UPDATE: Since this article was published, we have created a section on all the financial aspects of buying your new home, including the different types of mortgage, which you can find here.
Applying for a mortgage is most people’s first step towards securing a new home. There are many types of home loan available, which is why you’ll need to weigh up the options before deciding which is most suitable for you.
A mortgage advisor is the best person to guide you through the process of finding a mortgage, but here are some of the products available and what you’ll need to think about before making a decision.
Interest-only or repayment mortgage?
Your first decision is whether to apply for an interest-only or repayment mortgage. The type you choose will impact how you pay off your home loan.
• Interest-only mortgage
An interest-only mortgage means you’ll only pay off the interest charged on your loan. You won’t be repaying any of the capital in your home, so you might need to save money elsewhere to make sure you can eventually pay back what you borrowed.
• Repayment mortgage
With a repayment mortgage, you will pay off some of the loan and its interest every month. This type of home loan is also known as a ‘capital and interest mortgage’.
A repayment mortgage helps guarantee you will have paid off the entire loan by the time it reaches the end of its term. It can also make you eligible for more competitive deals when your current product comes to an end.
The different types of mortgage
Now it’s time to think about which type of mortgage is right for you. There are five different products you’re likely to come across.
• Fixed rate
A fixed rate mortgage is exactly what the name suggests – the amount you pay will stay the same throughout the term of the home loan. Most people choose a fixed rate mortgage if they want to guarantee how much they are spending on repayments each month. However, bear in mind if interest rates fall, your repayments won’t.
Mortgage Bureau’s Lee Cardwell, an independent mortgage advisor to Strata customers, explains that fixed-rate home loans are especially popular at the moment.
“People are expecting interest rates to increase, so they are fixing while rates are good,” Lee says.
“Most fixed-rate products last two to five years, although many first-time buyers are going for five-year loans because they are using the Help to Buy scheme.”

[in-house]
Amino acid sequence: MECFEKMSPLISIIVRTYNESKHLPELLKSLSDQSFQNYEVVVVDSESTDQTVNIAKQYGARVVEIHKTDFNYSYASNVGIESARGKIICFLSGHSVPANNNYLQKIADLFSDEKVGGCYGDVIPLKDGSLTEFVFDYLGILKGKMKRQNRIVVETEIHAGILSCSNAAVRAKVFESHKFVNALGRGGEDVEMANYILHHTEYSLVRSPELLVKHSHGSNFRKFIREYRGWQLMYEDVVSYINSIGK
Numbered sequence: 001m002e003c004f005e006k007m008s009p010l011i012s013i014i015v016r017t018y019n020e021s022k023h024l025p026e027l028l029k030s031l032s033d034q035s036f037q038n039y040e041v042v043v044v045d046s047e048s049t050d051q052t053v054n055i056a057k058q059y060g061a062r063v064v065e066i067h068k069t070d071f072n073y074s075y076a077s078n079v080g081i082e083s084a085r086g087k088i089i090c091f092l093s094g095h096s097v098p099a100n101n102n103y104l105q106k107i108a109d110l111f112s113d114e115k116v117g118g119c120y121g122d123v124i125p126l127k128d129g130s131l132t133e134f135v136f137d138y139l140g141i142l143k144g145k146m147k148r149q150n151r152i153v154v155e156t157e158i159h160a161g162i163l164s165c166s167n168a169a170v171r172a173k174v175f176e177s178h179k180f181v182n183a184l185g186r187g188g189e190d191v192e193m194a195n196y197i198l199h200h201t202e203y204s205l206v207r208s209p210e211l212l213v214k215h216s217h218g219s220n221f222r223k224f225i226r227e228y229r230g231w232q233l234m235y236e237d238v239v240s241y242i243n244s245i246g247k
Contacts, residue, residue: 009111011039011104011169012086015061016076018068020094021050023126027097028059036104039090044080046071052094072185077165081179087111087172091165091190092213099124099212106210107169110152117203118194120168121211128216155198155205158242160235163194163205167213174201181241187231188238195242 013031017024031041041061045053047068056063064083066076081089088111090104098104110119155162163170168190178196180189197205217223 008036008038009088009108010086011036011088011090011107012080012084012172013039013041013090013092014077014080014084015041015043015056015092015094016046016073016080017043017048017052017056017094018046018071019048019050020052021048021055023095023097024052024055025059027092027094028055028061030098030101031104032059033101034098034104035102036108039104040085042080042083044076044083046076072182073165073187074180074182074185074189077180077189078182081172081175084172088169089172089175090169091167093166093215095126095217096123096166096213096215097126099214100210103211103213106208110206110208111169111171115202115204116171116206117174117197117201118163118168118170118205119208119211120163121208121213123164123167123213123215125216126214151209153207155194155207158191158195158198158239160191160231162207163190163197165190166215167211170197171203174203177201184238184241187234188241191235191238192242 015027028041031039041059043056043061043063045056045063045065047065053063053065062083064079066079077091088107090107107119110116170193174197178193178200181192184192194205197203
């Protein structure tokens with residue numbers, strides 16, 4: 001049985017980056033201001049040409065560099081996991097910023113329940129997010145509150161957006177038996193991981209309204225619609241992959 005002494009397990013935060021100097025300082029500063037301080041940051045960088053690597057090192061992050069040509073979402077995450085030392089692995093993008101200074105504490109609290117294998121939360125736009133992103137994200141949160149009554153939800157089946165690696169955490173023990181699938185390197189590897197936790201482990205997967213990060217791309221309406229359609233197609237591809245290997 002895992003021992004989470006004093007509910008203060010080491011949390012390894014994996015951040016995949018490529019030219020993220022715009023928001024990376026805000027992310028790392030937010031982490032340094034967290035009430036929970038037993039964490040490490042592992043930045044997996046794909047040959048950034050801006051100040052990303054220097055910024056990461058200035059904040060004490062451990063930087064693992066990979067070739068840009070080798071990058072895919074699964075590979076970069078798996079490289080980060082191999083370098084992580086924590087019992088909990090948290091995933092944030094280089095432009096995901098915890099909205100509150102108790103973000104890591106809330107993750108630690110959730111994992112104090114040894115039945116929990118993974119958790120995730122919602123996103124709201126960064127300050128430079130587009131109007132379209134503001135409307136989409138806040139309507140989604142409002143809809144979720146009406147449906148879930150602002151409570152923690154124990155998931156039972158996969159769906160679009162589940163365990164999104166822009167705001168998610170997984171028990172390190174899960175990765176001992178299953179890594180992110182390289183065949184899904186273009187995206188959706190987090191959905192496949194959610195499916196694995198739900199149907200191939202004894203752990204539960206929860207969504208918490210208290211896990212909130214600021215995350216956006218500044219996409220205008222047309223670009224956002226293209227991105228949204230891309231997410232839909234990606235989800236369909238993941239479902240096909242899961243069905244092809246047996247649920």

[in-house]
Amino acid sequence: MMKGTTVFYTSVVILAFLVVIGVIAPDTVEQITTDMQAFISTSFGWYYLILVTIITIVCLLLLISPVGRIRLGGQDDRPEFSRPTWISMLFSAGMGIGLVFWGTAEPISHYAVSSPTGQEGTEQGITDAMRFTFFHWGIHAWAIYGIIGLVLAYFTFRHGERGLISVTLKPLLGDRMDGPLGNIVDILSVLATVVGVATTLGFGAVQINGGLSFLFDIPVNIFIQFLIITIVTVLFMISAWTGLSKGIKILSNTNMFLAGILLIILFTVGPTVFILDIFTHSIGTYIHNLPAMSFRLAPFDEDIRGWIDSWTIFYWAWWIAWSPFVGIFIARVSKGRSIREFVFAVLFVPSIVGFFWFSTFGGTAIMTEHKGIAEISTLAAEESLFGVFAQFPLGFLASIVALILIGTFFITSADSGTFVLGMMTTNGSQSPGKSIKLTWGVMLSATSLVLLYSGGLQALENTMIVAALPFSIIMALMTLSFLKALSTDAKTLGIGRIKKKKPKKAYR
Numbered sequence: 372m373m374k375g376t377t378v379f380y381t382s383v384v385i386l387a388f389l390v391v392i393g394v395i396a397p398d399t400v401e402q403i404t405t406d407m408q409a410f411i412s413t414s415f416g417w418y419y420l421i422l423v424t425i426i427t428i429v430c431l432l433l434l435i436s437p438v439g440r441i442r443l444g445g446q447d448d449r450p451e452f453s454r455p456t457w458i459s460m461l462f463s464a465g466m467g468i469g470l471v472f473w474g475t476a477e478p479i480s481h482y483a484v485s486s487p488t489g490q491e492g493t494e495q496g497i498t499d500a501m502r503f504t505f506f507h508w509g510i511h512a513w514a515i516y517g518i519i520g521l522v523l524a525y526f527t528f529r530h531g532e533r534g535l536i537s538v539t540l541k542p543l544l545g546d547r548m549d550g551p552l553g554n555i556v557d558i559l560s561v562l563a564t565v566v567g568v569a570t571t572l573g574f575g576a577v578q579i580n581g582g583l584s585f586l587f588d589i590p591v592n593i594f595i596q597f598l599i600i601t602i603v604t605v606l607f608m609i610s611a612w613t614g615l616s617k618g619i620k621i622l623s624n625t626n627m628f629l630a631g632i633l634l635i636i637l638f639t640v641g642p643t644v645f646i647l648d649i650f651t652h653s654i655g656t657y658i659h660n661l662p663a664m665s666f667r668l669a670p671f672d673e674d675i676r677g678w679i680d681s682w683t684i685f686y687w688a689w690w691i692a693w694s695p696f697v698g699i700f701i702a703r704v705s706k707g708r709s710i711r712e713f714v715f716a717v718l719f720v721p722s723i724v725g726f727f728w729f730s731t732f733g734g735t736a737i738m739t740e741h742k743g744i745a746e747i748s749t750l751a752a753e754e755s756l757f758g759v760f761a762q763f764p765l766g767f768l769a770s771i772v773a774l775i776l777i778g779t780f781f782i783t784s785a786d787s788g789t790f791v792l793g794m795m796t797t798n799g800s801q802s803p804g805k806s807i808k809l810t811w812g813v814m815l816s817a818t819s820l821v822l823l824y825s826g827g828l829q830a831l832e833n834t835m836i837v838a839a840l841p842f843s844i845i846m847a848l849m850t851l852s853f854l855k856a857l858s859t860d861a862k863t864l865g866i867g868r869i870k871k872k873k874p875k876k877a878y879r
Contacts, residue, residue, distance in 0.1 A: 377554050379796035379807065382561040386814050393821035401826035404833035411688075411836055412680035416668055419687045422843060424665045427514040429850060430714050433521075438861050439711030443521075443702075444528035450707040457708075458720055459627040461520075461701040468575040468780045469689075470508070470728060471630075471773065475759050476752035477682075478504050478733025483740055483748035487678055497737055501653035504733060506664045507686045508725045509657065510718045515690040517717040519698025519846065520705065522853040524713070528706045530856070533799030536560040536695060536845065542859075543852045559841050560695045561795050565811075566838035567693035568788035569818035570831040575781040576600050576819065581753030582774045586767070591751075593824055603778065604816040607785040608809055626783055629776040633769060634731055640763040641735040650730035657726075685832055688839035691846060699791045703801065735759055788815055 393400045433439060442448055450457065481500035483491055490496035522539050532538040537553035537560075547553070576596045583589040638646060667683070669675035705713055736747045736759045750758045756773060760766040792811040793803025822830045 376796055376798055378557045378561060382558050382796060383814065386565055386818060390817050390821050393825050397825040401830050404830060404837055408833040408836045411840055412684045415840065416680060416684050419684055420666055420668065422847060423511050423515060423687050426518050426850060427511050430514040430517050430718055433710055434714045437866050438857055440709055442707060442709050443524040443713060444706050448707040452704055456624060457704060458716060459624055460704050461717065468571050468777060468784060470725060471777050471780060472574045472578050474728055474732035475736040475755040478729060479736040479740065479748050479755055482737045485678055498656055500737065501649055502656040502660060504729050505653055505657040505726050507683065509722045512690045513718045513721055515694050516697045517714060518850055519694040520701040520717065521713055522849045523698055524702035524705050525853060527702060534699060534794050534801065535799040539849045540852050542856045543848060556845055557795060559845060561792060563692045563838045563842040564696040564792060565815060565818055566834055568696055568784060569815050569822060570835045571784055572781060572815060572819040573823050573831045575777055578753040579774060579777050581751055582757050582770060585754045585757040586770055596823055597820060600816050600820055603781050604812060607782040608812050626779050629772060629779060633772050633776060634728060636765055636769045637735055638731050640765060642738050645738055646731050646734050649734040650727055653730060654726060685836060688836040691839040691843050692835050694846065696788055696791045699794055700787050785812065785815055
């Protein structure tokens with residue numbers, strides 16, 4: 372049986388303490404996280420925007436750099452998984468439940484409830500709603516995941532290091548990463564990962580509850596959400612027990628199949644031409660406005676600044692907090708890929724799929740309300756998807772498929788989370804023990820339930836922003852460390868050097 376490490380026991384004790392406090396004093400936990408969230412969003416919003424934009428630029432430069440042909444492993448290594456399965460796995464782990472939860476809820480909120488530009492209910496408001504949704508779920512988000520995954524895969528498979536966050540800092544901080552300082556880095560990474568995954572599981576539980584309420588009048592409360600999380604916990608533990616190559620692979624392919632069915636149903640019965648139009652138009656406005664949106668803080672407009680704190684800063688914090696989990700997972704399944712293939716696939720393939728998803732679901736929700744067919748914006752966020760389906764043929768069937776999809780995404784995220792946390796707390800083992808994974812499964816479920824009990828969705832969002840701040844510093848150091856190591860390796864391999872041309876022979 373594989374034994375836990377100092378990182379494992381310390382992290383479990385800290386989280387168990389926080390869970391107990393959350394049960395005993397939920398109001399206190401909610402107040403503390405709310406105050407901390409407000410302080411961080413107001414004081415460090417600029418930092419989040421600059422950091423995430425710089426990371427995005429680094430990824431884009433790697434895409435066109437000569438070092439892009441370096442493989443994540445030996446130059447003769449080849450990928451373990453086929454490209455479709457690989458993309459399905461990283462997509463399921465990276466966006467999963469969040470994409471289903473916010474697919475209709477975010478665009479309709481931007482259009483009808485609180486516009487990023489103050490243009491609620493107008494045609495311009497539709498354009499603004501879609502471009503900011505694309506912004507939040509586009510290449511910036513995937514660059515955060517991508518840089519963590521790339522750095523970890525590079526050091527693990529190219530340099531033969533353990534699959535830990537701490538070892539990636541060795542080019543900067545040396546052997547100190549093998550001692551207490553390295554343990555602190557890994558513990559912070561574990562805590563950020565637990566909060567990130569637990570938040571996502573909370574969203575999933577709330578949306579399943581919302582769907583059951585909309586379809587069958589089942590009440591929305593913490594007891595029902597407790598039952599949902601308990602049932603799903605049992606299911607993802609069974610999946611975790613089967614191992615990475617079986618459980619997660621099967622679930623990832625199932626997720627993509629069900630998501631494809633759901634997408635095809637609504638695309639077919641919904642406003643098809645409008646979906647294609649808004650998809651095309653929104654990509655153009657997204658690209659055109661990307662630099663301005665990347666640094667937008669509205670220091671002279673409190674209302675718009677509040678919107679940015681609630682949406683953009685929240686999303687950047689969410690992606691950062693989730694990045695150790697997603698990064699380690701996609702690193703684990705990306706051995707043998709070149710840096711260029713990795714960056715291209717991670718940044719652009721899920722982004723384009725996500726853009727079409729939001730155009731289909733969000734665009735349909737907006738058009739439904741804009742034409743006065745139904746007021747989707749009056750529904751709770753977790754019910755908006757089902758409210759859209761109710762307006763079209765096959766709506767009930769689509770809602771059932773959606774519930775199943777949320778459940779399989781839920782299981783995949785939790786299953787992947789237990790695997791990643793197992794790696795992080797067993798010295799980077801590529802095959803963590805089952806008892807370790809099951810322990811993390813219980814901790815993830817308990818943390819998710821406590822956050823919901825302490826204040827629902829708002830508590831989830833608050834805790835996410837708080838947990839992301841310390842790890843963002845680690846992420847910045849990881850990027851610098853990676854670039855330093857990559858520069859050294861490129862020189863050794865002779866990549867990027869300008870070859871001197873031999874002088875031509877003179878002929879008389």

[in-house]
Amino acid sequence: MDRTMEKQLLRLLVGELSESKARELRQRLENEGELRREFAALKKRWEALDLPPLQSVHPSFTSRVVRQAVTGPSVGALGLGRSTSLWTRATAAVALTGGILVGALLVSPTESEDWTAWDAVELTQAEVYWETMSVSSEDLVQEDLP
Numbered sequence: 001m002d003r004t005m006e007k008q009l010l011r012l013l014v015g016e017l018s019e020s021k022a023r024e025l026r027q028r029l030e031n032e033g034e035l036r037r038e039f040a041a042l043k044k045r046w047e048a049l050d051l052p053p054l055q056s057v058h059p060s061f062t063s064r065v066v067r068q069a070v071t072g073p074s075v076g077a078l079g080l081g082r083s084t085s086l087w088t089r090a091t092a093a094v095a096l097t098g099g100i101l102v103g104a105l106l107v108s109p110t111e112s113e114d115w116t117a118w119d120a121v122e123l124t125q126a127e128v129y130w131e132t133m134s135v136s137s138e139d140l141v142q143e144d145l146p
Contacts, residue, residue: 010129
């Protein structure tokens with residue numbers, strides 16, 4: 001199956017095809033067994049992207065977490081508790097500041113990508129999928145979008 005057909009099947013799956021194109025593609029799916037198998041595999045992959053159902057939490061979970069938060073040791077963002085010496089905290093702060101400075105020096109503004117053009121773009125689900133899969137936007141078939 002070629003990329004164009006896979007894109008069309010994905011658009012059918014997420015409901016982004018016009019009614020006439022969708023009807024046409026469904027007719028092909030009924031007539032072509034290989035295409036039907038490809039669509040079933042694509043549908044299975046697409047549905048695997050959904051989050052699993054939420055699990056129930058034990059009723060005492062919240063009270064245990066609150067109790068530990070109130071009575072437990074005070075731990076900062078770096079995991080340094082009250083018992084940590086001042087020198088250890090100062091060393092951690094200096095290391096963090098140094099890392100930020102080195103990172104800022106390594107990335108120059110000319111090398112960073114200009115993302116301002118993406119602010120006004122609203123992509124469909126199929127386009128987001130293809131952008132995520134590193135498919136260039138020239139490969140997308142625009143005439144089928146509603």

• Variable rate
Another type of mortgage to consider is a variable rate product, which means the interest rate can change throughout the term of your loan.
The main advantage is that if interest rates fall, so will your mortgage repayments. However, a rise in interest rates could mean you end up paying out more each month.
• Tracker rate
Tracker mortgages move in line with the Bank of England base rate, which is set every month. If the base rate rises or falls, the interest on your tracker mortgage will do the same.
• Standard variable rate (SVR)
Your mortgage lender will have a standard variable rate product – this is the normal rate of interest they’d usually charge on a home loan. You’re likely to end up with a SVR mortgage once the term of your current home loan comes to an end, as it will automatically revert to a SVR unless you’ve chosen another product.
Once again, your interest rate will be determined by the Bank of England’s base rate. One of the main advantages of this type of mortgage is you can to switch to another product at any time.
Lenders might also offer a discount mortgage, where a reduced interest rate is charged on their SVR product.
The length of the deal will be determined by your lender and once it comes to an end, it’s likely your home loan will revert back to the SVR.
Weigh up fees and charges
Fees and charges apply to some mortgages, which you’ll need to factor into your monthly budget when buying a new home.
If you choose to use a mortgage broker, they are likely to charge a set fee for their services, or a percentage of the amount you borrow from a lender. Check how much you will be expected to pay before enlisting their help. You won’t need to pay anything if you use one of our panel of recommended mortgage advisors.
One of the most common charges you’re likely to come across is an arrangement fee. You can usually either add this to the term of your mortgage – increasing your monthly payments – or pay it upfront.
Doing your calculations is essential if you’re offered a mortgage that comes with charges and fees, and others that aren’t. Your independent mortgage advisor will be able to discuss the options and help you work out how much each home loan will cost you in the long run.